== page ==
One thread freezes my whole application
aahz at pythoncraft.com
Thu Sep 30 19:28:08 CEST 2004
In article <ETV6d.9689$5O5.8558 at news-server.bigpond.net.au>,
Michael Zhang <jianqiz at bigpond.com> wrote:
>Your hint on GIL leads me quite lots of searching and reading on Google.
>After several hours confusion (due to those different opinions), I
>finally come to a quite simple and amazing solution:
> Py_BEGIN_ALLOW_THREADS; # add this line
> Py_BEGIN_ALLOW_THREADS; # add this line as well
I'm assuming you meant this:
Py_END_ALLOW_THREADS; # add this line as well
>However, there is a new question (rather than a problem). Since my
>Cmodule is created using SWIG, if there is any change in the original
>C code, I have to run swig again to get new "Cmodule_wrap.c" file,
>and add above two lines into that new wrapper file, then build a new
>module. It's quite uncomfortable during debugging. Is there any way I
>can use to achieve the same goal on Python side code, rather that on C
>extension side? Can I just modify the Python code to release that GIL?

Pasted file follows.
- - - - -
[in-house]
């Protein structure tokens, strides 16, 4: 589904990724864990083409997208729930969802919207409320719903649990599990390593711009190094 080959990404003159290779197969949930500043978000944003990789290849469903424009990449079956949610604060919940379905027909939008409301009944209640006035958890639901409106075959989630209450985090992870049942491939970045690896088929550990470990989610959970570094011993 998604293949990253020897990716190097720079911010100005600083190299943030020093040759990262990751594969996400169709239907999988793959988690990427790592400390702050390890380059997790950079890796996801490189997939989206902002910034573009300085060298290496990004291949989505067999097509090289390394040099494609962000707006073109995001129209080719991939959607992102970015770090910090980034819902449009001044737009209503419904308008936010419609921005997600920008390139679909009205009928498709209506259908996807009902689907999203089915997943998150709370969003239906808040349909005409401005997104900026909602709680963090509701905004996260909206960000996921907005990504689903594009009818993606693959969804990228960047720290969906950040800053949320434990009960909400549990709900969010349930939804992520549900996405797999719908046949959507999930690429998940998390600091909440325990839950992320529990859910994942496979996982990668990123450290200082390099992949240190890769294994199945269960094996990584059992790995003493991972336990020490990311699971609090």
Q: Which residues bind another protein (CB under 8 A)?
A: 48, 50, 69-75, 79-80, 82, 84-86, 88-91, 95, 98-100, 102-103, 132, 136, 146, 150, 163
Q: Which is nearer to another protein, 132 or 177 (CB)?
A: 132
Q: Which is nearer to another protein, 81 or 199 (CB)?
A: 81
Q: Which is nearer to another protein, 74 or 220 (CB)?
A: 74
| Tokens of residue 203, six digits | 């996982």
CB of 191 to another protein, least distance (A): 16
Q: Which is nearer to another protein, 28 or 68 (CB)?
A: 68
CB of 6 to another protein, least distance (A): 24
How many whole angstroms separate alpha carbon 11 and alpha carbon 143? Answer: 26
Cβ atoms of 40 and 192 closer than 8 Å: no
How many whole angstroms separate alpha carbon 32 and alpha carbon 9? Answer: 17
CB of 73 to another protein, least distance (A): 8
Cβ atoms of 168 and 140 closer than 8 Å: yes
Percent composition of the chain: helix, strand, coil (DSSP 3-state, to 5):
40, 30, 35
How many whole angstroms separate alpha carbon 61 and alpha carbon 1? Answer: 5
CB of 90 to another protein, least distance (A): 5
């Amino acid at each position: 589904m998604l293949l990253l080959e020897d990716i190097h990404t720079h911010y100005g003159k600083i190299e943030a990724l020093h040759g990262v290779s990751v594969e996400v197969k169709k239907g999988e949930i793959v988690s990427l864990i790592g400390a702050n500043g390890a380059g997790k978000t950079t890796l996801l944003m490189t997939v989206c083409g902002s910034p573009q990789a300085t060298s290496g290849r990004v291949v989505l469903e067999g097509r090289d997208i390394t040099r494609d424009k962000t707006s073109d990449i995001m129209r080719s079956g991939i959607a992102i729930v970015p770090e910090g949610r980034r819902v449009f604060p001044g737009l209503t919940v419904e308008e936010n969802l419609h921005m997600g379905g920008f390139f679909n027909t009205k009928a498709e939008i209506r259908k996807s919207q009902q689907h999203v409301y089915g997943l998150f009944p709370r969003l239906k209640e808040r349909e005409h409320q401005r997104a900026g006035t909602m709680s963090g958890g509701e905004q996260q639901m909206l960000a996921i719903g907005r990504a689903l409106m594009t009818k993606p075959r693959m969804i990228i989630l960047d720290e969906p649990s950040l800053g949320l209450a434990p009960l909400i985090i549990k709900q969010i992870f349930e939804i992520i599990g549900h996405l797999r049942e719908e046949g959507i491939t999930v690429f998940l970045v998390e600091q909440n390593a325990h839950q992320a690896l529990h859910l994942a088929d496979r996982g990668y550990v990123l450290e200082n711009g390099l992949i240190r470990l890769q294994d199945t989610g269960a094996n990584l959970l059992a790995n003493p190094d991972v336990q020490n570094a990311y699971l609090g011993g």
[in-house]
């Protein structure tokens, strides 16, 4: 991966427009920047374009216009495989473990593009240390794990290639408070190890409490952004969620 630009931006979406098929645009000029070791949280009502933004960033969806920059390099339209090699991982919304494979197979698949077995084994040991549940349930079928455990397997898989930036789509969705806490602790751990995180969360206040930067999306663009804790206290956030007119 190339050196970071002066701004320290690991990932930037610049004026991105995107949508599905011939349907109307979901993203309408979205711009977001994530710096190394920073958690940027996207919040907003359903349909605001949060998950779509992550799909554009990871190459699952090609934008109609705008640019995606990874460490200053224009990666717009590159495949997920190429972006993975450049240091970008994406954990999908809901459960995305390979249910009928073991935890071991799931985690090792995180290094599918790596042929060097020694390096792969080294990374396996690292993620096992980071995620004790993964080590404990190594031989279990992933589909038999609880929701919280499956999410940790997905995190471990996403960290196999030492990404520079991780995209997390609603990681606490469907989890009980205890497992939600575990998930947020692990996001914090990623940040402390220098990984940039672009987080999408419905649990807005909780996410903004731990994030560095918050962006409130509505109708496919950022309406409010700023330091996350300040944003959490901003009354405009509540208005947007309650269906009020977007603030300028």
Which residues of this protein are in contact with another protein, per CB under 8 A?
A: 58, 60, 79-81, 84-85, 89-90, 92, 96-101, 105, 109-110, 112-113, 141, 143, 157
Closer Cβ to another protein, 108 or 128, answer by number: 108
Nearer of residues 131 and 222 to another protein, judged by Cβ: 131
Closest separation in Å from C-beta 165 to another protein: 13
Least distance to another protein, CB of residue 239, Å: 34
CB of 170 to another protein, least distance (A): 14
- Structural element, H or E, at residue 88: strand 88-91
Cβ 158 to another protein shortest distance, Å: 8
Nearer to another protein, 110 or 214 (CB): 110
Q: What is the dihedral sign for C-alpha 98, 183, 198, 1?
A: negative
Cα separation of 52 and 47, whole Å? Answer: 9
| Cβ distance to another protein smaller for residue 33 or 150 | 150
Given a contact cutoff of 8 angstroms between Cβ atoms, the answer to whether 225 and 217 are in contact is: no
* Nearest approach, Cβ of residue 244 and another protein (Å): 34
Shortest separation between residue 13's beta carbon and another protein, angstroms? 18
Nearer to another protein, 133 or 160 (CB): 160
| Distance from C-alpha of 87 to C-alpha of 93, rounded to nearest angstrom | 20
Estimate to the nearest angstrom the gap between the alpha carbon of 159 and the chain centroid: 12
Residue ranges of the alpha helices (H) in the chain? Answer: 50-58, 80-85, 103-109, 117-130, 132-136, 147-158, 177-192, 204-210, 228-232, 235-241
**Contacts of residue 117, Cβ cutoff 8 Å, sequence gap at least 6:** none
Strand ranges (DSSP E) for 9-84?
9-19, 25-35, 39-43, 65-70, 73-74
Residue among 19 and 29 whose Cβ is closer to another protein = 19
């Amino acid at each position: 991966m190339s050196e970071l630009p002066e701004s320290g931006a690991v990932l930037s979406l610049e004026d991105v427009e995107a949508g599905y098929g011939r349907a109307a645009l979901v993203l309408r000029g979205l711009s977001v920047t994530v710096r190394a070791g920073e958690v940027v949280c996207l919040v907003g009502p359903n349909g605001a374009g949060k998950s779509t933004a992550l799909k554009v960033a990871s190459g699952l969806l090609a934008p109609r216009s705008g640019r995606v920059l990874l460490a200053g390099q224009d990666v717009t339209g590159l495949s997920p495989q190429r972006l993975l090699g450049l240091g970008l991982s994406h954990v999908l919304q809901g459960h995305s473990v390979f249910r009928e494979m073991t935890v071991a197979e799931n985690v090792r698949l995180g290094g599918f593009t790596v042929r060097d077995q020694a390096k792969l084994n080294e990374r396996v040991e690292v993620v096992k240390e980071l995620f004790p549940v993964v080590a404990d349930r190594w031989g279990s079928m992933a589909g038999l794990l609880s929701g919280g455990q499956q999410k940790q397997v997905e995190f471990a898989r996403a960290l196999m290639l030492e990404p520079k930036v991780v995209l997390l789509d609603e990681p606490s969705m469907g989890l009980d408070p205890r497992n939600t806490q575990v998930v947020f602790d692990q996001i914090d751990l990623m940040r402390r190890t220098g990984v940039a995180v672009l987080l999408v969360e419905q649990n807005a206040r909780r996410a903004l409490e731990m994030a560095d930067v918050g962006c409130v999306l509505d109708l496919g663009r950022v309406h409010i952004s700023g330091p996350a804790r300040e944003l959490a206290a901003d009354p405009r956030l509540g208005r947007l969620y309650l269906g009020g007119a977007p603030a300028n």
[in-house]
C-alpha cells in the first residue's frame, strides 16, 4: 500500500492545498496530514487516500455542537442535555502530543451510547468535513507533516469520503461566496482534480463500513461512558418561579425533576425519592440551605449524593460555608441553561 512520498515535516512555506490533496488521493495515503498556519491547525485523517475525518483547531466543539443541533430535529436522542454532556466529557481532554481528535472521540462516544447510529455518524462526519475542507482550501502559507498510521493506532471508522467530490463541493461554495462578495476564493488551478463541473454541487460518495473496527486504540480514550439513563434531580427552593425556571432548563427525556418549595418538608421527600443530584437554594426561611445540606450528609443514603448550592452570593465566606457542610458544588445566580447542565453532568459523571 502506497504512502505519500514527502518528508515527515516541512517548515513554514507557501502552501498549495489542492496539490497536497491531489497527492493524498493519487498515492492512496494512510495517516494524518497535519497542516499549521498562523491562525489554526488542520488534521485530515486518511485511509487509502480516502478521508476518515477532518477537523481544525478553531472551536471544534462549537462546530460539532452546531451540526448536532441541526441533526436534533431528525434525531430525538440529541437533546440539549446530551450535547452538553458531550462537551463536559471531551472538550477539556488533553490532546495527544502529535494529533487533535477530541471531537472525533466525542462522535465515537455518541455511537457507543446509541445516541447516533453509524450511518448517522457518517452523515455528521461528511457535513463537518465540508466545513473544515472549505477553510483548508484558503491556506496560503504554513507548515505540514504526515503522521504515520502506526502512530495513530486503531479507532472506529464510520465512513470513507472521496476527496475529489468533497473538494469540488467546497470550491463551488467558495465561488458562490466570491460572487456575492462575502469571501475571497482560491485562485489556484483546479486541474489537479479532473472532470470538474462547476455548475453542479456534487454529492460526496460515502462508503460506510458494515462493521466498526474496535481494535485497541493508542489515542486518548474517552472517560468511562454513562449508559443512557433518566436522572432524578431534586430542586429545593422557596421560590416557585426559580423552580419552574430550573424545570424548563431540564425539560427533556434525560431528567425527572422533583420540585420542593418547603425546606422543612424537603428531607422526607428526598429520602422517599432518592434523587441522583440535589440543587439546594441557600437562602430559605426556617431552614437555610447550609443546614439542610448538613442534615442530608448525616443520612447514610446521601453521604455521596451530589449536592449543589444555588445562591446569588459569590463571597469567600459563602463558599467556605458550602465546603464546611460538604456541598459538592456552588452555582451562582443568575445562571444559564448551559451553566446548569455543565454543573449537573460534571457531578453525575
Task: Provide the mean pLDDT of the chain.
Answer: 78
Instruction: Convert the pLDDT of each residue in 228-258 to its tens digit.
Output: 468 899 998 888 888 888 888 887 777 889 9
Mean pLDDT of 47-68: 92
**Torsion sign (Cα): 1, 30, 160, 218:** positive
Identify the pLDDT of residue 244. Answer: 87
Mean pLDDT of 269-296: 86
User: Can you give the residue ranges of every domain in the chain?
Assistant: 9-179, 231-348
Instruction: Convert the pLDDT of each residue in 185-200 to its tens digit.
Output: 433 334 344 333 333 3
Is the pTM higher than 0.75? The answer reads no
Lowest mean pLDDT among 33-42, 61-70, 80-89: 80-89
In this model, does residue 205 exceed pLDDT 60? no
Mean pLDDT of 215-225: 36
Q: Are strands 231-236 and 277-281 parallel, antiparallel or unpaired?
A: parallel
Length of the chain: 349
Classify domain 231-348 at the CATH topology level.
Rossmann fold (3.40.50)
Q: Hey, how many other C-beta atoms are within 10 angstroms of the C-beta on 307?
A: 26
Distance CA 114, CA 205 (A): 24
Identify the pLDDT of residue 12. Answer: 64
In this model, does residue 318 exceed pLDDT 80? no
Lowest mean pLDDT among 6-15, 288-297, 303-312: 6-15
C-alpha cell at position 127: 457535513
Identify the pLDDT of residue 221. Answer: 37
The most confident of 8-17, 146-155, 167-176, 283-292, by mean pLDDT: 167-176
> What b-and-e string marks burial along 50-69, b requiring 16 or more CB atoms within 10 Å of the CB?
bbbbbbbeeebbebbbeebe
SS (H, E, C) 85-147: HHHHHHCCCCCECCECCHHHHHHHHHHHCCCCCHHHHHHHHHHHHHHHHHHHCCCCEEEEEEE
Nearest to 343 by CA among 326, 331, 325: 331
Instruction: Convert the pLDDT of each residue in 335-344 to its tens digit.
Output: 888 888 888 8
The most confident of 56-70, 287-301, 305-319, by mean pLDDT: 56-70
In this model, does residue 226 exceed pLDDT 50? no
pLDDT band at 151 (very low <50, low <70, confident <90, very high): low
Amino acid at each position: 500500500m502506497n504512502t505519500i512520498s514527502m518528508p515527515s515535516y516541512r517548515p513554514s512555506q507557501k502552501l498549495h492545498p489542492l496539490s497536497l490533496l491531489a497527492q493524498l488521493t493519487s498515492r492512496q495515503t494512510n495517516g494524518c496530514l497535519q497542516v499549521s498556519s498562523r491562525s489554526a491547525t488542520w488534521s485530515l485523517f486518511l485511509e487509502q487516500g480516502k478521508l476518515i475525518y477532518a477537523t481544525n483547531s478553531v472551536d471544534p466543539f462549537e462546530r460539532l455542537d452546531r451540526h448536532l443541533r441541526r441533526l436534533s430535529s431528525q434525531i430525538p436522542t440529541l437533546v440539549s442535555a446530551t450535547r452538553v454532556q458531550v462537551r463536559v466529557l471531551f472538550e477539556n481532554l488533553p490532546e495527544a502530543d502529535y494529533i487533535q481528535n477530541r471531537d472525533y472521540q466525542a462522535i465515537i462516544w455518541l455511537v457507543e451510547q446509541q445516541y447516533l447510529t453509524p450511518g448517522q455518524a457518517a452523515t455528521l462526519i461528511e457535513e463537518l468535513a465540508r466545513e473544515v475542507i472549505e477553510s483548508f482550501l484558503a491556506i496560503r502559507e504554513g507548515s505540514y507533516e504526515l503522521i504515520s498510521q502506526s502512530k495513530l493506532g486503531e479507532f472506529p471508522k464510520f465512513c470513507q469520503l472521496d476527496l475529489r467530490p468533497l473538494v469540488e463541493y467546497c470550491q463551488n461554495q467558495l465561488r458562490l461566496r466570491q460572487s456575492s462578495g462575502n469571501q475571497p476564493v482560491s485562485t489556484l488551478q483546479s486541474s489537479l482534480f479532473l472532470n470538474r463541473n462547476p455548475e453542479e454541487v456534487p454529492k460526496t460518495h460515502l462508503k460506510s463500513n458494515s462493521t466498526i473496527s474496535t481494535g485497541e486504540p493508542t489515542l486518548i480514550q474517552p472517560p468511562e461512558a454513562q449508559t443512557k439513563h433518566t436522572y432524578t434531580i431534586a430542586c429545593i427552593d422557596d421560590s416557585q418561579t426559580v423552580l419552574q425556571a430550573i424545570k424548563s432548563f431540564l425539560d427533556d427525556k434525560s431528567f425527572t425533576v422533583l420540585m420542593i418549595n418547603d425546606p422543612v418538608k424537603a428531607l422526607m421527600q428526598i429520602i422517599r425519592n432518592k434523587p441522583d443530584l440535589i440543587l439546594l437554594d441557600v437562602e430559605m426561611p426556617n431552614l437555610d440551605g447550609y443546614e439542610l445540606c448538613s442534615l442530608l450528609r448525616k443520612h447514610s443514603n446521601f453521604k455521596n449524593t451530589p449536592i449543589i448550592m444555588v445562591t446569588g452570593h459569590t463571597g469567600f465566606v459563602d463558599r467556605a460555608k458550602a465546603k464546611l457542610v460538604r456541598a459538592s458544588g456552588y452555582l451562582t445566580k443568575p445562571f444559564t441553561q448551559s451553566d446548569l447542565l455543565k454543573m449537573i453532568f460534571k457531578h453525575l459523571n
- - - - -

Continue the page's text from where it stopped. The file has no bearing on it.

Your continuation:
>or Do I have any misunderstading about GIL, say, the concept about GIL
>only applies to C extension rather than Python threading itself?
It's a bit more complicated than that. The concept of the GIL applies
to both Python and C extensions; however, only C extensions can release
In other words, only one thread of Python code can execute at any time
because of the GIL -- try to break that and your application *WILL* blow
up. C code that does not use *ANY* Python API may release the GIL to
allow other threads to run. Before starting to use the Python API, the
C code *MUST* re-acquire the GIL.
Traditionally, I/O code is the prime candidate for releasing the GIL.
Aahz (aahz at pythoncraft.com) <*> http://www.pythoncraft.com/
"A foolish consistency is the hobgoblin of little minds, adored by little
statesmen and philosophers and divines." --Ralph Waldo Emerson
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